The Complainant is the registered owner of numerous SANDALS and BEACHES trademark registrations worldwide, inter alia US trademark registrations No. 1614295 (SANDALS) and No. 2951577 (BEACHES), European Community trademark registrations No. 000169946 (SANDALS) and No. 000169995 (BEACHES), and UK trademark registrations No. 1310680 (SANDALS) and No. 1584601 (BEACHES), the “SANDALS and BEACHES Marks”. The Complainant trades from various websites (including <sandals.com> and <beaches.com>), using its SANDALS and BEACHES Marks.
The disputed domain name was registered on June 27, 2006.
The Complainant sent letters of warning to the Respondent on September 29, 2006, and December 20, 2006, asking for the transfer of the domain name. The Respondent did not reply.
5. Parties’ Contentions
The Complainant contends that each of the three elements specified in paragraph 4(a) of the Policy is given in the present case:
(i) The domain name <beachesbysandals.com> is identical and/or confusingly similar to the names and trademarks in which the Complainant enjoys exclusive rights as the domain name fully incorporates the Complainant’s SANDALS and BEACHES Marks, together with the merely descriptive word “by”.
(ii) The Complainant further contends that it has not licensed or otherwise permitted nor authorised the Respondent to use its trademarks or to apply for a domain name incorporating such marks and that the Respondent is not commonly known by the domain name either. Furthermore, the Complainant contends that there is no evidence of the Respondent’s use of, or demonstrable preparations to use, the domain name in connection with a bona fide offering of goods or services, nor is there evidence of a non-commercial or fair use of the domain name by the Respondent, as the disputed domain name is used to provide a website containing commercial links to external websites.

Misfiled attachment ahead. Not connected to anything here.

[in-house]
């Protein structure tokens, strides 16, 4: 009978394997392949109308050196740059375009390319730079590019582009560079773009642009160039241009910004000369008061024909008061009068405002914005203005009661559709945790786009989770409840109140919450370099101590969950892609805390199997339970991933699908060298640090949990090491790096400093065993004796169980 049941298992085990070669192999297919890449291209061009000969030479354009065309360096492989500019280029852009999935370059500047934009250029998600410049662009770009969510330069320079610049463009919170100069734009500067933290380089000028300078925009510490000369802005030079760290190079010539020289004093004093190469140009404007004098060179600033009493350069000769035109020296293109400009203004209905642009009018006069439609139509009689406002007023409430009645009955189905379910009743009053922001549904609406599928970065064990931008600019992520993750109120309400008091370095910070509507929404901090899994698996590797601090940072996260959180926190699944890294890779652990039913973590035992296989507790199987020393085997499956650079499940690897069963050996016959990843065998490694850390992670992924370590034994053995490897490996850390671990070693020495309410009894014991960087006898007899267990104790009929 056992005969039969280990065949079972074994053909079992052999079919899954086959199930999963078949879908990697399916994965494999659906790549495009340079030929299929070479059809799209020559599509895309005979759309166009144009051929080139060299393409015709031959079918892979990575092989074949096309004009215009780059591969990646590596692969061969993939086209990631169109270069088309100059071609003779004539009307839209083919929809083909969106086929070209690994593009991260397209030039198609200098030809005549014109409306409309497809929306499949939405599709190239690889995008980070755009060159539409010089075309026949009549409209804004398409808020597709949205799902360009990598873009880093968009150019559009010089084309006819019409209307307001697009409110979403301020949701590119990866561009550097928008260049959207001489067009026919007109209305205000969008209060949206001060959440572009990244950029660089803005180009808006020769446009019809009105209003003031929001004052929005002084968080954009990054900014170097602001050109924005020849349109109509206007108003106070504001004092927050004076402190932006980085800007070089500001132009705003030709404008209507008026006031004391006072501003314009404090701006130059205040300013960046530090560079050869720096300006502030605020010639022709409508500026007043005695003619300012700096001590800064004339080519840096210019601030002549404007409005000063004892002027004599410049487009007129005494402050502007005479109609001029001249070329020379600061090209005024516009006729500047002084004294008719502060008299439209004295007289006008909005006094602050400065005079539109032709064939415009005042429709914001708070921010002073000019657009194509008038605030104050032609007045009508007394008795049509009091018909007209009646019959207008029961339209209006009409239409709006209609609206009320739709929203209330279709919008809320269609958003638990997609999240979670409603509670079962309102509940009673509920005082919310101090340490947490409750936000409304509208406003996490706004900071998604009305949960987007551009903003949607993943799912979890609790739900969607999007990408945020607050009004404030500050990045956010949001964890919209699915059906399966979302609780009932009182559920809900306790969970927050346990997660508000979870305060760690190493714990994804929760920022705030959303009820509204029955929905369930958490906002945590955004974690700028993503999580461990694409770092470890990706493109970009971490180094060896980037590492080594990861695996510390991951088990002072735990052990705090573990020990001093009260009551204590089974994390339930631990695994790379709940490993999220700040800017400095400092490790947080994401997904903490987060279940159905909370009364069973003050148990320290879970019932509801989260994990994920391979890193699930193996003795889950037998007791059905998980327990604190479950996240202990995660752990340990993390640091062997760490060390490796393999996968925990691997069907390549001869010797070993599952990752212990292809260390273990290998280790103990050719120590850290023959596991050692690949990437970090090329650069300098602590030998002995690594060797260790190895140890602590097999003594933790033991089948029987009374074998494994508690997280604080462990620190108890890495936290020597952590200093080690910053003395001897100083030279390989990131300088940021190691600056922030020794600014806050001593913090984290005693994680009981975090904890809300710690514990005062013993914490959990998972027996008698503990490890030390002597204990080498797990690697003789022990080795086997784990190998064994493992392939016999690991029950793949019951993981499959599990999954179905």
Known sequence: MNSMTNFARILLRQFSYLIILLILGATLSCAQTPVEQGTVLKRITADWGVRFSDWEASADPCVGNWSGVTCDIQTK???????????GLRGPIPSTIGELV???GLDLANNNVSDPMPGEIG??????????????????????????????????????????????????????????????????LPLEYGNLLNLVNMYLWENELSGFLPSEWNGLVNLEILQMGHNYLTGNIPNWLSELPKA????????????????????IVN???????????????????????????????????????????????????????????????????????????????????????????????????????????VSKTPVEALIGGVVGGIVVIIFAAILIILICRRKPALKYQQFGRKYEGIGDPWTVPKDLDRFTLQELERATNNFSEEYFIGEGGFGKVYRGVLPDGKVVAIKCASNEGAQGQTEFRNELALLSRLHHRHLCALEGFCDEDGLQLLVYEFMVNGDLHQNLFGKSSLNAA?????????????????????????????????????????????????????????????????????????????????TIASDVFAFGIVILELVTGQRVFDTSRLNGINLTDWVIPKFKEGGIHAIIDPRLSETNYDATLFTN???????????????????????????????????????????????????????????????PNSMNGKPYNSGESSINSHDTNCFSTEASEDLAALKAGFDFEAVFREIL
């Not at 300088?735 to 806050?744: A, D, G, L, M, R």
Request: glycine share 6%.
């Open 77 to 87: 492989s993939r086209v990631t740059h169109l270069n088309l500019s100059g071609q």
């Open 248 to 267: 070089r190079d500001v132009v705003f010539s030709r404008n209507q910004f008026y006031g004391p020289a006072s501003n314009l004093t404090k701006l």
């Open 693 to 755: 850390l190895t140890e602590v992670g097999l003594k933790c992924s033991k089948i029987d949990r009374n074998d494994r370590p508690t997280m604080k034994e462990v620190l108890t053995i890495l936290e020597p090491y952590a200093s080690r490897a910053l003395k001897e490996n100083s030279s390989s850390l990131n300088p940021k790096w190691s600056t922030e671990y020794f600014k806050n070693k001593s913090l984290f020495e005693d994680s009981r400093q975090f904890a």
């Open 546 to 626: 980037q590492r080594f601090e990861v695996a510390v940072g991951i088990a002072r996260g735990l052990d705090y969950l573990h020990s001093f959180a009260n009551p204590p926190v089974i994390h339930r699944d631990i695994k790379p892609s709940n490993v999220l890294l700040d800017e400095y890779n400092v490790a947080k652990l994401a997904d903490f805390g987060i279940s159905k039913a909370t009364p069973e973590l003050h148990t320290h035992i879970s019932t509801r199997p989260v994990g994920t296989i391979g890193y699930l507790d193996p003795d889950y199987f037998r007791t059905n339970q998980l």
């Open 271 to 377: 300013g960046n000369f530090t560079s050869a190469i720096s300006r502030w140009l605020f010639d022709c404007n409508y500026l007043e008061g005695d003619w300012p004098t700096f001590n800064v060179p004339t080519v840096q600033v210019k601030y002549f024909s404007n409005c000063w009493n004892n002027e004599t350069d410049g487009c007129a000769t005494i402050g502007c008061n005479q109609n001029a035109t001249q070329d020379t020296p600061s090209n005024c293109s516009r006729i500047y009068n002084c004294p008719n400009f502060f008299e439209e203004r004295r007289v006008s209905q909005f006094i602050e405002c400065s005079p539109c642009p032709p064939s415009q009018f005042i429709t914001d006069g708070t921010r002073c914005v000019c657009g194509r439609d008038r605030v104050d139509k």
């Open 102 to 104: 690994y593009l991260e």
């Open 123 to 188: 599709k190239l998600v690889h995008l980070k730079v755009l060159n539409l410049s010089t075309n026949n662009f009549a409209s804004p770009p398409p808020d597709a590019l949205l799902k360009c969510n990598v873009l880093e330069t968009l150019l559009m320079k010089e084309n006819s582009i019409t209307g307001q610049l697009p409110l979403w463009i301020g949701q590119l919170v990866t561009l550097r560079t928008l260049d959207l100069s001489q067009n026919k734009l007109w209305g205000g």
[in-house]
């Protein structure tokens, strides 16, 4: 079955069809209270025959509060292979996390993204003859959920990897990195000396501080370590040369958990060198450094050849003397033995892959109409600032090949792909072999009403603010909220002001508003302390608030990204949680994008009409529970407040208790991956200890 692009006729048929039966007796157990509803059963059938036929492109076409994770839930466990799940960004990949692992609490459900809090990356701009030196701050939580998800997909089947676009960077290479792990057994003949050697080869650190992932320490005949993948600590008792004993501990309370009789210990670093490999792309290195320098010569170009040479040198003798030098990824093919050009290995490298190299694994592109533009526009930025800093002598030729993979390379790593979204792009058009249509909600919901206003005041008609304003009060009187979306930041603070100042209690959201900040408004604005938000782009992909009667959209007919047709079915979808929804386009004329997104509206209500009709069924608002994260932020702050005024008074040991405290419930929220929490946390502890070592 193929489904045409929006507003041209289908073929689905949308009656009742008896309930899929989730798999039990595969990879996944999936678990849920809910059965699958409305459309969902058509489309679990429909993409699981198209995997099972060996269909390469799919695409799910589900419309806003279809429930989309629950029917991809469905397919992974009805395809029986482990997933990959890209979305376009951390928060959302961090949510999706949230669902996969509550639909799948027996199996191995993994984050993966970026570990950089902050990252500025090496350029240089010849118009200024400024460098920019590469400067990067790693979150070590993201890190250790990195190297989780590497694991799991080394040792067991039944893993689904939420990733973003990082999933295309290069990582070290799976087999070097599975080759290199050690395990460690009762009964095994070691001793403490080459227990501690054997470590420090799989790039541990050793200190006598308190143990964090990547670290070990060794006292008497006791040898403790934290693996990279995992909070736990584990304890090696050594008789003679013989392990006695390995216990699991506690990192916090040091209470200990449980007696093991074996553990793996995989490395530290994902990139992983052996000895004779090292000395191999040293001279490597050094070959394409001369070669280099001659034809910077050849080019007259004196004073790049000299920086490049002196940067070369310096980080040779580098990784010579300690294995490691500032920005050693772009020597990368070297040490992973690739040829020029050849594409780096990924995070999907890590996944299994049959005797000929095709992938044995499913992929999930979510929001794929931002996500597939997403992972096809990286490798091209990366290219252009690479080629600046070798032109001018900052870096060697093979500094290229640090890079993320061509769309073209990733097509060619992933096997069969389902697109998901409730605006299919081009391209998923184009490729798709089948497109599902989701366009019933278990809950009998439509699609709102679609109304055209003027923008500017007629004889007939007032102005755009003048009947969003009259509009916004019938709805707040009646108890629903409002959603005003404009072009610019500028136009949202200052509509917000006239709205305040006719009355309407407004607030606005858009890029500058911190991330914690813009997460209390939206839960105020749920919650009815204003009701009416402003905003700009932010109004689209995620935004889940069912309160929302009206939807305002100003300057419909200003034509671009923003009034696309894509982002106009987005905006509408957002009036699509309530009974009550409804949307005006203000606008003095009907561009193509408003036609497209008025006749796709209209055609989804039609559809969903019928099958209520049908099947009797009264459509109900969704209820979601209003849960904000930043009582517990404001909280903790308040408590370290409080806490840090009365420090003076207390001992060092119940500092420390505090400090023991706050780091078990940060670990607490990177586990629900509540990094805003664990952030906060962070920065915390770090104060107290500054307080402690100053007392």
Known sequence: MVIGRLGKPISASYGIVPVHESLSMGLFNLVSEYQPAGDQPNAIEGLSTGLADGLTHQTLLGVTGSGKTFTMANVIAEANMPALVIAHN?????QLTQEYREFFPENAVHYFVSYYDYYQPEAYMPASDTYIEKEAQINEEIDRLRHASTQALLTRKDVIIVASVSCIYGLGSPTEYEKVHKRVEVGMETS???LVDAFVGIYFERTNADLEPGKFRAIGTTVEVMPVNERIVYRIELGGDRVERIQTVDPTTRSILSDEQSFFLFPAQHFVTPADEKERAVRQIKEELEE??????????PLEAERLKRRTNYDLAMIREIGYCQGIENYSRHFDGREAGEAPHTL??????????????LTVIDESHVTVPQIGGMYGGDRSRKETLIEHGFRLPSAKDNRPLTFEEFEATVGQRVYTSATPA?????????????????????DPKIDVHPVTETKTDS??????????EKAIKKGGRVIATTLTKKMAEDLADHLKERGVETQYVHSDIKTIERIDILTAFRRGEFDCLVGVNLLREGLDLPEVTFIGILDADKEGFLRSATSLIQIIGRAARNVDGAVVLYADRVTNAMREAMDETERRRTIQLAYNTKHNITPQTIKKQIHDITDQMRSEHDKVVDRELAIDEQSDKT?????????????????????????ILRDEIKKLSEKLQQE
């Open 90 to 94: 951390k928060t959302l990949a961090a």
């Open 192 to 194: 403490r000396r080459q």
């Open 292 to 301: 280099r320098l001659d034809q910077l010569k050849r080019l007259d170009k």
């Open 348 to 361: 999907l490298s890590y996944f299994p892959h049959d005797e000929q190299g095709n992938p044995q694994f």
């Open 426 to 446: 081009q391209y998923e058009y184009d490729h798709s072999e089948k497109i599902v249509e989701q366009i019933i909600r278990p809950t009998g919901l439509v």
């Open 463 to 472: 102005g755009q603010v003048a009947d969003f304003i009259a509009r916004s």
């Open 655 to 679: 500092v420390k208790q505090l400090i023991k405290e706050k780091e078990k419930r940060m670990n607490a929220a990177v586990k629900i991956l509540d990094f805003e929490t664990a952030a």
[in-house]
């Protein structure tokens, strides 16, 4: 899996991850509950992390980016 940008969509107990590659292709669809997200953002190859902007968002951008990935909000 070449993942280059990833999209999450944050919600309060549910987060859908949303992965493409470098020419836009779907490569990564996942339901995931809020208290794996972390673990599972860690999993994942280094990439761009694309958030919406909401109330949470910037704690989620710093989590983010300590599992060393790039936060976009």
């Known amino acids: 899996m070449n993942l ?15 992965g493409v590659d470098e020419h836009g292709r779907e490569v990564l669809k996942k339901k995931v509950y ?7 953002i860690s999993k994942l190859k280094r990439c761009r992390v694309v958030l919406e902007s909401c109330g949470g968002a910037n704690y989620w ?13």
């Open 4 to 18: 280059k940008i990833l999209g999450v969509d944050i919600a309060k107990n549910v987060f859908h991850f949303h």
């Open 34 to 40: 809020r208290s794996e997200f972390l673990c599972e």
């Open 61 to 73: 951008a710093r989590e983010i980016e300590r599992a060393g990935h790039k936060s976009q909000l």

(iii) The Complainant finally contends that the domain name was registered and is being used in bad faith. With regard to bad faith registration, the Complainant contends that it has operated a holiday business for a number of years, establishing goodwill and reputation in the names “Sandals” and “Beaches” world-wide, in particular in the United States of America, the United Kingdom, and in the European Union, mostly in relation to the provision of holidays and related services and that it is inconceivable that the Respondent registered the domain name without any knowledge of the Complainant or the Complainant’s SANDALS and BEACHES Marks, being marketed heavily in the US, where the Respondent is domiciled. With regard to bad faith use, the Complainant contends that the domain name has been registered in order to create the false impression that the website at the domain name is somehow sponsored by or authorized by the Complainant. The Complainant further contends that the domain name was registered in bad faith in order to prevent the Complainant from reflecting its trademarks in a corresponding domain name and that the Respondent has engaged in a pattern of such conduct. The Complainant finally contents that the domain name was registered and is used in order to disrupt the Complainant’s business and to attract for commercial gain Internet users to its website or other on-line location by creating a likelihood of confusion with the Complainant’s trade marks as to the source, sponsorship, affiliation or endorsement of his website or location or of a product or service on his website or location by providing links to direct competitors of the Complainant.